- J.-M. Moncalvo, R. Vilgalys, S. A. Redhead et al., “One hundred and seventeen clades of euagarics,” Molecular Phylogenetics and Evolution, vol. 23, no. 3, pp. 357–400, 2002.
- M. Capelari and T. Asai, Cystoderma, Cystodermella and Ripartitella in Atlantic Forest, São Paulo State, Brazil, 2009.
- S. Ahmad, S. H. Iqbal, and A. N. Khalid, Fungi of Pakistan, Sultan Ahmad Myco. Soc. Pak. Nabiza printers, Lahore, Pakistan, 1997.
- I. Samina and K. Salman, “Impacts of protection on floral diversity of himalayan moist temperate forests of galyat,” Pakistan Journal of Environment, vol. 01, no. 04, pp. 119–125, 2012.
- A. R. Niazi, S. H. Iqbal, and A. N. Khalid, “Biodiversity of Mushrooms and ectomycorrhizas. 1. Russula brevipes Peck., and its ectomycorrhiza-A new record from Himalayan moist temperate forests of Pakistan,” Pakistan Journal of Botany, vol. 38, no. 4, pp. 1271–1277, 2006.
- A. Razaq, A. N. Khalid, and E. C. Vellinga, “Lepiota himalayensis sp. nov. (Basidiomycota, Agaricales), a new species from Pakistan,” Mycotaxon, vol. 121, pp. 319–325.
- A. Razaq, A. N. Khalid, and S. Ilyas, “Tricholomopsis flammula Métrod ex Holec (Basidiomycota, Agaricales)-an addition to the mushroom flora of Pakistan based on molecular identification,” Pakistan Journal of Botany, vol. 44, pp. 413–416, 2012.
- A. Razaq, A. N. Khalid, and S. Ilyas, “Molecular identification of Lepiota acutesquamosa and L. cristata (Basidiomycota, Agaricales) based on ITS-rDNA barcoding from Himalayan moist temperate forests of Pakistan,” International Journal of Agriculture and Biology, vol. 15, pp. 315–318, 2013.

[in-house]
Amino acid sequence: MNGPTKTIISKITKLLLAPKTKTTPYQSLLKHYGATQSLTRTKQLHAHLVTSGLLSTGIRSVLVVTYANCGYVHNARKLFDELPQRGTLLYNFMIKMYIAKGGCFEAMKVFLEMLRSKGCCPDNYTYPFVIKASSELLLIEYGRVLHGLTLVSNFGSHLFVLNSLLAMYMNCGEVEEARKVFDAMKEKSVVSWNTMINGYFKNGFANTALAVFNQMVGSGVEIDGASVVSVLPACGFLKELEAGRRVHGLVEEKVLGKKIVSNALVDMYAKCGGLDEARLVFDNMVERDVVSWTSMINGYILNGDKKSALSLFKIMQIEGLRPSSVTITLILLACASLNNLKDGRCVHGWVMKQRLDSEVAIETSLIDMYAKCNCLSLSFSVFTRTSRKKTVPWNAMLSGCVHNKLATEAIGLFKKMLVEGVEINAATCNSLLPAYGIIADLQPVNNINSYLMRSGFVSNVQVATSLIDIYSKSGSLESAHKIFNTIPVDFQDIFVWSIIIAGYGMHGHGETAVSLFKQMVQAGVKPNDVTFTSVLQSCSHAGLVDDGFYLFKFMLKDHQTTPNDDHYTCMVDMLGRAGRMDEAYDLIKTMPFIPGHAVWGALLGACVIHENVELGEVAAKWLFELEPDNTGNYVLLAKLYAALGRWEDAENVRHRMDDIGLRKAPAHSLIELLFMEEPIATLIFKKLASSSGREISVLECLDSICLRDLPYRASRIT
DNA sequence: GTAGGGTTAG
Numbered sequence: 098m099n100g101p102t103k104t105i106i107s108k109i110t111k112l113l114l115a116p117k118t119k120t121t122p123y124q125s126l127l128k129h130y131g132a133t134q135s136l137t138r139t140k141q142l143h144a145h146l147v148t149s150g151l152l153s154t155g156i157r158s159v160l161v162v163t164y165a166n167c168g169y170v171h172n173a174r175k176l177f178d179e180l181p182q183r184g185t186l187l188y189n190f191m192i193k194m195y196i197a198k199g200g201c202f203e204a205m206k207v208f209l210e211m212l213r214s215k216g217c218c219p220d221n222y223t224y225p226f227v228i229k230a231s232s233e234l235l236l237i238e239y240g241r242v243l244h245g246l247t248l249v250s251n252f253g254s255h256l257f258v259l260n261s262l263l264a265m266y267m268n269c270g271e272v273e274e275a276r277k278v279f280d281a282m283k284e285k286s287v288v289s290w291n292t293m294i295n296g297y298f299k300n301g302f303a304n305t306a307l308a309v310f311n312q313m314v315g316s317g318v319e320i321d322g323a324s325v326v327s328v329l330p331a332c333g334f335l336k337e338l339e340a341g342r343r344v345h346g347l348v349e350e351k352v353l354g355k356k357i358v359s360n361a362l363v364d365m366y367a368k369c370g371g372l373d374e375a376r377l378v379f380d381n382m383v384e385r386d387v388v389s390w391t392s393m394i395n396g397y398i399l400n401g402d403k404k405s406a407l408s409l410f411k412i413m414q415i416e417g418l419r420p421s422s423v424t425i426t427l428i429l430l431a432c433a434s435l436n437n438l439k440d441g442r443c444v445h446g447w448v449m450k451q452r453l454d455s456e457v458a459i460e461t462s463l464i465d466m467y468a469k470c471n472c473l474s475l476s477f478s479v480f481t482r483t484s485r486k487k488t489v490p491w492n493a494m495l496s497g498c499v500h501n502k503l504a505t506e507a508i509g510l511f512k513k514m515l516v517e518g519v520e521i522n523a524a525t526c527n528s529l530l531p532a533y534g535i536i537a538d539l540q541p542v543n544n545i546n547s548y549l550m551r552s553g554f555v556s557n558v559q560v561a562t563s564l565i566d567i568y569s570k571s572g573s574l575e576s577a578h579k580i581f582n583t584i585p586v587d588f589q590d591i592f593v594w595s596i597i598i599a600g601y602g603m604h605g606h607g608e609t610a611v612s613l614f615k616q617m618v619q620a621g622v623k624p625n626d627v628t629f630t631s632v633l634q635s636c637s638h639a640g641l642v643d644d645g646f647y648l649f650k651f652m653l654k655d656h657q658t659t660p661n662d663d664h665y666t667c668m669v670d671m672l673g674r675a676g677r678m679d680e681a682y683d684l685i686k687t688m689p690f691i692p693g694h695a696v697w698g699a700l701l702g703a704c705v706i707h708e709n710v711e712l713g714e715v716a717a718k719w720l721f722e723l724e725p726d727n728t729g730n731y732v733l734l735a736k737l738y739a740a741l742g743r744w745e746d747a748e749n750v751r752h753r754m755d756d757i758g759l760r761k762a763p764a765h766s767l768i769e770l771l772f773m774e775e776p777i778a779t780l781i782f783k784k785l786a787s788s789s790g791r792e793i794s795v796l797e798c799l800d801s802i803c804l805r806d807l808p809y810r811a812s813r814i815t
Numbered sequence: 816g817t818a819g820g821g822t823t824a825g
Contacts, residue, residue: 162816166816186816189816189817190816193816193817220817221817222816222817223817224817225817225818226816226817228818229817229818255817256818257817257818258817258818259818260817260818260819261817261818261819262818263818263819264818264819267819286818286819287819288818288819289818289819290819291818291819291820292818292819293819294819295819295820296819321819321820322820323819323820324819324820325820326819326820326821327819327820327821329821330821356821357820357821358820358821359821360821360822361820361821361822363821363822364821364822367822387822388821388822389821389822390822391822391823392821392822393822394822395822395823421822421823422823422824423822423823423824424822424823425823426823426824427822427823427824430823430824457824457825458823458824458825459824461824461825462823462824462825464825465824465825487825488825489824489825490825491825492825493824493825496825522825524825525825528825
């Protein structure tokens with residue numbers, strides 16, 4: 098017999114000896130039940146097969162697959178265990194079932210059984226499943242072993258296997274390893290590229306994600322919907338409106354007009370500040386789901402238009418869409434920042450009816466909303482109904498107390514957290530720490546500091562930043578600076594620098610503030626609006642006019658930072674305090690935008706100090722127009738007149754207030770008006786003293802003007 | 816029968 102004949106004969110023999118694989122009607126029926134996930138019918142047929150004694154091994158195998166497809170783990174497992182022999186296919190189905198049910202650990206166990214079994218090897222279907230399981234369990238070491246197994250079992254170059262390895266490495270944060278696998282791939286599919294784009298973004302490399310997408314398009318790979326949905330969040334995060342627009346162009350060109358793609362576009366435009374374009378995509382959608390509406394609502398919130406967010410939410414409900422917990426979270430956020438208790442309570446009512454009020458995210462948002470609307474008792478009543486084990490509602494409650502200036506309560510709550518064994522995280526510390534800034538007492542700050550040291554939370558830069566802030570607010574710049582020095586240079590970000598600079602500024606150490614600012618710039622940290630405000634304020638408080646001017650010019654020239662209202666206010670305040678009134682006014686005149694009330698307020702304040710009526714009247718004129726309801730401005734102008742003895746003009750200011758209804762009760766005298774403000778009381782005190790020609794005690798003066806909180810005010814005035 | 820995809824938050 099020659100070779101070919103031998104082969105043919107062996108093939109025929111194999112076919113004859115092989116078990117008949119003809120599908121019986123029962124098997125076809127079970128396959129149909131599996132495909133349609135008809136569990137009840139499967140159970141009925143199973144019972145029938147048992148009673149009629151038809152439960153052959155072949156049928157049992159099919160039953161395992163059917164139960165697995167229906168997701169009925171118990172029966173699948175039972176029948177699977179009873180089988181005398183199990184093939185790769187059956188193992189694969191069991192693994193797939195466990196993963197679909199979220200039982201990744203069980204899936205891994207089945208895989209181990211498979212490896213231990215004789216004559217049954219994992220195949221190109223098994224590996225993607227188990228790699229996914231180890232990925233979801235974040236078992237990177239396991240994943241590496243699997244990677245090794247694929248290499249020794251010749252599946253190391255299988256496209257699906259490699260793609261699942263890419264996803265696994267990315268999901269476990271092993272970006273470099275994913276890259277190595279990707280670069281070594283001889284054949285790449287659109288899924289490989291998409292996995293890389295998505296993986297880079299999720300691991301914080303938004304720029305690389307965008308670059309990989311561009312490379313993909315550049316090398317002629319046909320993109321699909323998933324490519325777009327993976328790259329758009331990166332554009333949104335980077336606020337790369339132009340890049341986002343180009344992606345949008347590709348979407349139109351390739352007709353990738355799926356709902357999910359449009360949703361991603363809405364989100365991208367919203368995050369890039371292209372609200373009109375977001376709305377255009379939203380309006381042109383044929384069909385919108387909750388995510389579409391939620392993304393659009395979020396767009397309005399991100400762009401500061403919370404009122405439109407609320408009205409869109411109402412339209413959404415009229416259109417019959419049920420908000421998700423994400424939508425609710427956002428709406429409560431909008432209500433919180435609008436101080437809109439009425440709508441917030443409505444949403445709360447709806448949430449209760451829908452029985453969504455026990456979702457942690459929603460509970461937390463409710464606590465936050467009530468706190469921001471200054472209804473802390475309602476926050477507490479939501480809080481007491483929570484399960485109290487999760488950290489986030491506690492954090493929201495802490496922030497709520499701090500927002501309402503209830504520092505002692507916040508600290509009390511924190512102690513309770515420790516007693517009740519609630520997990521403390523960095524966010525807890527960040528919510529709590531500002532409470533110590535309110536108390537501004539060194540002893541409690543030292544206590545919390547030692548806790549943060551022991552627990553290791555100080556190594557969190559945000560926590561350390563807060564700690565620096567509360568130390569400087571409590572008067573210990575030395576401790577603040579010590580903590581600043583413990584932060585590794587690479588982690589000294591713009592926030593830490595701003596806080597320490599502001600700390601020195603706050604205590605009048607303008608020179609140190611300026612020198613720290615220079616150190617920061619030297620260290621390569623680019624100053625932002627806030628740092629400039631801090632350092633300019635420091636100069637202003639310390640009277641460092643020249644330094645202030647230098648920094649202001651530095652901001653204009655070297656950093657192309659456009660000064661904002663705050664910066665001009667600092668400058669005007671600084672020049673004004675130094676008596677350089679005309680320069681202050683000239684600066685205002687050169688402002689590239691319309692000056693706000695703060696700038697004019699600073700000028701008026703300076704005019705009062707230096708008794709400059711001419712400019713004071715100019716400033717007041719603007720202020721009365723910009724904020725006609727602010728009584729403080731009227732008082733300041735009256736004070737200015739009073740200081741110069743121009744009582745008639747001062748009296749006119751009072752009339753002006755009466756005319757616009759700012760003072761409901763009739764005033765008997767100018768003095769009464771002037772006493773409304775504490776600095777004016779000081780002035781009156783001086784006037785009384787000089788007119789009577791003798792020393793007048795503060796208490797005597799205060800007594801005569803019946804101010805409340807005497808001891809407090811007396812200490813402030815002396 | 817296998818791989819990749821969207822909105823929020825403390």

- A. Razaq, A. N. Khalid, and S. Ilyas, “Molecular identification of Marasmius oreades - an edible mushroom from Pakistan based on ITS-rDNA data,” Pakistan Journal of Agricultural Sciences, vol. 50, no. 3, pp. 415–419, 2013.
- M. Gardes and T. D. Bruns, “ITS primers with enhanced specificity for basidiomycetes—application to the identification of mycorrhizae and rusts,” Molecular Ecology, vol. 2, no. 2, pp. 113–118, 1993.
- T. J. White, T. Burns, S. Lee, and J. Taylor, “Amplification and direct sequencing of fungal ribosomal RNA genes for phylogenetics,” in PCR Protocols, A Guide To Methods and Applications, M. A. Innis, D. H. Gelfand, J. J. Sninsky, and T. J. White, Eds., Academic Press, San Diego, Calif, USA, 1990.
- T. A. Hall, Bioedit Version 7.0.4.Department of Microbiology, North Carolina State University, 2005.
- K. Tamura, D. Peterson, N. Peterson, G. Stecher, M. Nei, and S. Kumar, “MEGA5: molecular evolutionary genetics analysis using maximum likelihood, evolutionary distance, and maximum parsimony methods,” Molecular Biology and Evolution, vol. 28, no. 10, pp. 2731–2739, 2011.
- J. Breitenbach and F. Kränzlin, Fungi of Switzerland, vol. 4, Mykologia, Luzern, Switzerland, 2nd edition, 1995.
- I. Saar, “The genera Cystoderma and Cystodermella (Tricholomataceae) in temperate eurasia,” Mycotaxon, vol. 86, pp. 455–473, 2003.
- Jamaluddin, M. G. Goswamy, and B. M. Ojha, Fungi of India 1989–2001, Scientific Publisher, Jodhpur, India, 2004.
- J. Geml, I. Timling, C. H. Robinson et al., “An arctic community of symbiotic fungi assembled by long-distance dispersers: phylogenetic diversity of ectomycorrhizal basidiomycetes in Svalbard based on soil and sporocarp DNA,” Journal of Biogeography, vol. 39, no. 1, pp. 74–88, 2012.
- T. W. Osmundson, V. A. Robert, C. L. Schoch, L. J. Baker, A. Smith, et al., “Filling gaps in biodiversity knowledge for macrofungi: contributions and assessment of an herbarium collection DNA barcode sequencing project,” PLoS ONE, vol. 8, no. 4, 2013.
- E. Sesli, “Cystoderma cinnabarinum (Alb. & Schwein.) Fayod, a new Turkish mycota record,” Turkish Journal of Botany, vol. 29, no. 6, pp. 463–466, 2005.